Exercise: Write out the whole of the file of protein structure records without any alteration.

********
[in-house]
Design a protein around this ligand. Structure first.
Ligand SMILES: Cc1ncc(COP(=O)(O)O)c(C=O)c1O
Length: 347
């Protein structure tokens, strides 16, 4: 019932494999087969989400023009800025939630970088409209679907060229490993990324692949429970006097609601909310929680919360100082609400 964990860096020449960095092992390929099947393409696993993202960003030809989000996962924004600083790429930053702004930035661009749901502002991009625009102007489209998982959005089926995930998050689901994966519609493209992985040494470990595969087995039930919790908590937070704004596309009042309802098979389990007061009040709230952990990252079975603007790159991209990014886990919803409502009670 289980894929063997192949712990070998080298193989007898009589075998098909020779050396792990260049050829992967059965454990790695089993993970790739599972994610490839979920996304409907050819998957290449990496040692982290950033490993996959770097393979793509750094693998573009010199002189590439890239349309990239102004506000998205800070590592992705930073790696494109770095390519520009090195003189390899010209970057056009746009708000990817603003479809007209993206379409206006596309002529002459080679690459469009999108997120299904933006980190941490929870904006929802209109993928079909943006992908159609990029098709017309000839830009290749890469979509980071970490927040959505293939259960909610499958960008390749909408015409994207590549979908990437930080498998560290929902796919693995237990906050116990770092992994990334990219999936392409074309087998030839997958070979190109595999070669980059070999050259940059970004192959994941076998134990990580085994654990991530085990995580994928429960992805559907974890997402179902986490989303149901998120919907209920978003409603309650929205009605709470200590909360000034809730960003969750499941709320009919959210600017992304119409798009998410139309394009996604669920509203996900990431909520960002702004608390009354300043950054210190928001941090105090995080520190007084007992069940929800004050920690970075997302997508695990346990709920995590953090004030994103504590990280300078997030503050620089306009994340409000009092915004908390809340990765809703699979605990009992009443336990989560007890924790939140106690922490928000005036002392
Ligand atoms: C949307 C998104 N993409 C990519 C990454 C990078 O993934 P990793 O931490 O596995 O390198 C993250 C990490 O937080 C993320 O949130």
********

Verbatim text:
[in-house]
Design a protein around this ligand. Structure first.
Ligand SMILES: Cc1ncc(COP(=O)(O)O)c(C=O)c1O
Length: 347
């Protein structure tokens, strides 16, 4: 019932494999087969989400023009800025939630970088409209679907060229490993990324692949429970006097609601909310929680919360100082609400 964990860096020449960095092992390929099947393409696993993202960003030809989000996962924004600083790429930053702004930035661009749901502002991009625009102007489209998982959005089926995930998050689901994966519609493209992985040494470990595969087995039930919790908590937070704004596309009042309802098979389990007061009040709230952990990252079975603007790159991209990014886990919803409502009670 289980894929063997192949712990070998080298193989007898009589075998098909020779050396792990260049050829992967059965454990790695089993993970790739599972994610490839979920996304409907050819998957290449990496040692982290950033490993996959770097393979793509750094693998573009010199002189590439890239349309990239102004506000998205800070590592992705930073790696494109770095390519520009090195003189390899010209970057056009746009708000990817603003479809007209993206379409206006596309002529002459080679690459469009999108997120299904933006980190941490929870904006929802209109993928079909943006992908159609990029098709017309000839830009290749890469979509980071970490927040959505293939259960909610499958960008390749909408015409994207590549979908990437930080498998560290929902796919693995237990906050116990770092992994990334990219999936392409074309087998030839997958070979190109595999070669980059070999050259940059970004192959994941076998134990990580085994654990991530085990995580994928429960992805559907974890997402179902986490989303149901998120919907209920978003409603309650929205009605709470200590909360000034809730960003969750499941709320009919959210600017992304119409798009998410139309394009996604669920509203996900990431909520960002702004608390009354300043950054210190928001941090105090995080520190007084007992069940929800004050920690970075997302997508695990346990709920995590953090004030994103504590990280300078997030503050620089306009994340409000009092915004908390809340990765809703699979605990009992009443336990989560007890924790939140106690922490928000005036002392
Ligand atoms: C949307 C998104 N993409 C990519 C990454 C990078 O993934 P990793 O931490 O596995 O390198 C993250 C990490 O937080 C993320 O949130």